Nine years after 188 people died and more than 800 were wounded in seven bombings that ripped through Mumbai's local trains, 12 people were found guilty and one was acquitted by a special court on Friday, the Associated Press reported.
The 13 suspected Islamic militants were accused of waging war against the nation, conspiracy and murder and are believed to be members of the Students' Islamic Movement of India, a banned organization. One man was acquitted due to lack of evidence.
Police and prosecutors said Pakistani nationals were involved in the attack, including members of Lashkar-e-Tayyaba, a Pakistani militant group. Police said 15 accused in the blasts, including the masterminds, are still absconding, according to Indian media reports.
The 12 men will be sentenced to either the death penalty or life imprisonment on Monday, Sept. 14.
On July 11, 2006, seven bombs exploded within 11 minutes during the evening rush hour on Mumbai's local trains — known as the lifeline of the city.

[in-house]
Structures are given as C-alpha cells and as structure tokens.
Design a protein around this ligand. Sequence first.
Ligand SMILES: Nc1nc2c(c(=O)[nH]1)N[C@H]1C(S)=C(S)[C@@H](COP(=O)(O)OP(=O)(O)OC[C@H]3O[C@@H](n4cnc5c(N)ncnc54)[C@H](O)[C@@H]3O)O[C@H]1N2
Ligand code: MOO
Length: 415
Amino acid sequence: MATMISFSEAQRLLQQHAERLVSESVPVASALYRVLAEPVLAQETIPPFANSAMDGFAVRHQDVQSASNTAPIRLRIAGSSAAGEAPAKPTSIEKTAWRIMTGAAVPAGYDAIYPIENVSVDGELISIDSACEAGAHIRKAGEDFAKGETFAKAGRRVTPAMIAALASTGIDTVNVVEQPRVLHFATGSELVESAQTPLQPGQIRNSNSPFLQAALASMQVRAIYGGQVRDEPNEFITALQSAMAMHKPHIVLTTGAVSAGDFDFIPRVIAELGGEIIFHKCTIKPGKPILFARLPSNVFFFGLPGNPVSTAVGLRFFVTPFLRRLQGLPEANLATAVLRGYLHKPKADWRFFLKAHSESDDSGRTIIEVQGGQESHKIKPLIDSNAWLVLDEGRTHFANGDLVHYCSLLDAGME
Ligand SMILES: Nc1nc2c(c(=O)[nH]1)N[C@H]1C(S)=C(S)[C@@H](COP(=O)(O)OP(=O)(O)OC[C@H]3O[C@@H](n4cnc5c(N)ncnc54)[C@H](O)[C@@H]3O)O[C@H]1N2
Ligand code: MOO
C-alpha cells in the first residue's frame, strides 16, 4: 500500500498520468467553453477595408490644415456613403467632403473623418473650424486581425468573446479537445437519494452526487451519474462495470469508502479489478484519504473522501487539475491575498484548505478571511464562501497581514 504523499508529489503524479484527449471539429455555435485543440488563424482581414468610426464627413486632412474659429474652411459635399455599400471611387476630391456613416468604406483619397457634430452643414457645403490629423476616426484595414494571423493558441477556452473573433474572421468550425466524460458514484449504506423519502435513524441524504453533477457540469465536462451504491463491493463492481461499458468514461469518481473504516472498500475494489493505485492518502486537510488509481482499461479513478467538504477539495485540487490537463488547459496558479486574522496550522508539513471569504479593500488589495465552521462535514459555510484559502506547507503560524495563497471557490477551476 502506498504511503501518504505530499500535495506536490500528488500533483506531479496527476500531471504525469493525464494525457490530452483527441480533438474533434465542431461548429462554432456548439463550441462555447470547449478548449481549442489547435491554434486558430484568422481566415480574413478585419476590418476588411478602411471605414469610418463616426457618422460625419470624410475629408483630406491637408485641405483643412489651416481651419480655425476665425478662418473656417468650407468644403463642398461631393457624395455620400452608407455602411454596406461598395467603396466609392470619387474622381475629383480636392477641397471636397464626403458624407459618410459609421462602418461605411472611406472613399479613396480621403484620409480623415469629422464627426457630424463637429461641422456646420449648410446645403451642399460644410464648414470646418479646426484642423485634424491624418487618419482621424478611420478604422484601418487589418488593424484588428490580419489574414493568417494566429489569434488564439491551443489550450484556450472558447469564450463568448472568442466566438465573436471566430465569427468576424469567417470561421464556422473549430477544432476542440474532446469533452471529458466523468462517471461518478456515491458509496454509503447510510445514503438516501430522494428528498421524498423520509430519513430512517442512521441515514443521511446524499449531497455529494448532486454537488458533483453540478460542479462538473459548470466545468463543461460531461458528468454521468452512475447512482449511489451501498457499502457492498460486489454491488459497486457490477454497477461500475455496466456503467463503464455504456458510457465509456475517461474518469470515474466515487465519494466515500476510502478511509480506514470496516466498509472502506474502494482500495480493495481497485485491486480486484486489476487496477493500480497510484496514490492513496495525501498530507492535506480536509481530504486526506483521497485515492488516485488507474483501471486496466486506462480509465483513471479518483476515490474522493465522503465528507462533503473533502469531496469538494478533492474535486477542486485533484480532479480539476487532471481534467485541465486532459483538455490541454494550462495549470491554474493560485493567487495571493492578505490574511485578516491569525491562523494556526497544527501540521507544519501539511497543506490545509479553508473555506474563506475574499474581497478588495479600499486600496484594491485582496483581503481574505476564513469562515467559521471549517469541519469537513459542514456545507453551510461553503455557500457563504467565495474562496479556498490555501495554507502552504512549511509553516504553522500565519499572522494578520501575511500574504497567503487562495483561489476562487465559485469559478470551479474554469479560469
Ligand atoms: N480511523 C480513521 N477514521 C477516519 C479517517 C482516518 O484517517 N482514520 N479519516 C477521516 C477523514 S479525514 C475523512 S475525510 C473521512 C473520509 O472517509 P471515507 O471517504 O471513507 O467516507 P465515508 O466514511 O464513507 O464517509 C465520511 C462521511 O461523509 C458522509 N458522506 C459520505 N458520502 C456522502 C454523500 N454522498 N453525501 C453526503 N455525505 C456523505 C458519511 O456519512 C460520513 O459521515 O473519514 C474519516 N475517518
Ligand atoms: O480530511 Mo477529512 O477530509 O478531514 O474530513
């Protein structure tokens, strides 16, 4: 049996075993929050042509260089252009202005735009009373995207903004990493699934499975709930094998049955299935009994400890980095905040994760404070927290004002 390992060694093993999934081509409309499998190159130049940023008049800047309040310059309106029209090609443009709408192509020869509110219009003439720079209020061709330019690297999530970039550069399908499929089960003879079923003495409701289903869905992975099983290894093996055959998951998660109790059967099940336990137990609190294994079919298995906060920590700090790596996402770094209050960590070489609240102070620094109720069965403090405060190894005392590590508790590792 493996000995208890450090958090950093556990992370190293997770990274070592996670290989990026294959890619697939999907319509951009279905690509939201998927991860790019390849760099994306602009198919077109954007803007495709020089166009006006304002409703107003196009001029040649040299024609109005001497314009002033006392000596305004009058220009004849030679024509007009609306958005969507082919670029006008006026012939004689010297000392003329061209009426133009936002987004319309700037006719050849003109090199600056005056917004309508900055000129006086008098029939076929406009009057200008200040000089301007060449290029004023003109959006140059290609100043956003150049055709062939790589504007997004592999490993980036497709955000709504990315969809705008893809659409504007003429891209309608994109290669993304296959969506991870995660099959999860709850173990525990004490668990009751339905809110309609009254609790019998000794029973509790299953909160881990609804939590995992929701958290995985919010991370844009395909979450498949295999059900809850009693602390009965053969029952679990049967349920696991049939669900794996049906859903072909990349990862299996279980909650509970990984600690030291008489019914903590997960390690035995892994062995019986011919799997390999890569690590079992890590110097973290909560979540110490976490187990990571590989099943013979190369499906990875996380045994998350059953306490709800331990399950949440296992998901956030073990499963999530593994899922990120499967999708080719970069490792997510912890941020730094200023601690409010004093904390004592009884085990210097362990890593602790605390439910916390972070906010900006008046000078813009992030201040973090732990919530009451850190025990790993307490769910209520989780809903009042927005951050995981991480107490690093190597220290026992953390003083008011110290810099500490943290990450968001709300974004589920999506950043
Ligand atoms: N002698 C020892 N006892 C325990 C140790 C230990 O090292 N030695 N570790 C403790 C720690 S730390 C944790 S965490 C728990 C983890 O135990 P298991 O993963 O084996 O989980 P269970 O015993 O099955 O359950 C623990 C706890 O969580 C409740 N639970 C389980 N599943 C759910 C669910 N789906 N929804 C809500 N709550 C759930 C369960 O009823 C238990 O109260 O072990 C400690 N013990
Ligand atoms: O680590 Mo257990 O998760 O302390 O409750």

The accused, who were arrested later that year by the Anti-Terrorism Squad, wrote to the court that their confessions were coerced.
The trial, held by a special court in Mumbai, lasted more than seven years with the prosecution examining 192 witnesses and the defense, 51. The trial was stayed for two years by the Supreme Court after the accused challenged the provisions of the Maharashtra Control of Organised Crime Act, under which they were charged.
Raja Thakare, the public prosecutor, told reporters that they will be asking for the strictest punishment for the 12 convicts.
"It is not about me being happy with the verdict," he said. "I want that people at large should be happy because we are concerned with the death of so many innocent person by terror which has shaken the metropolis."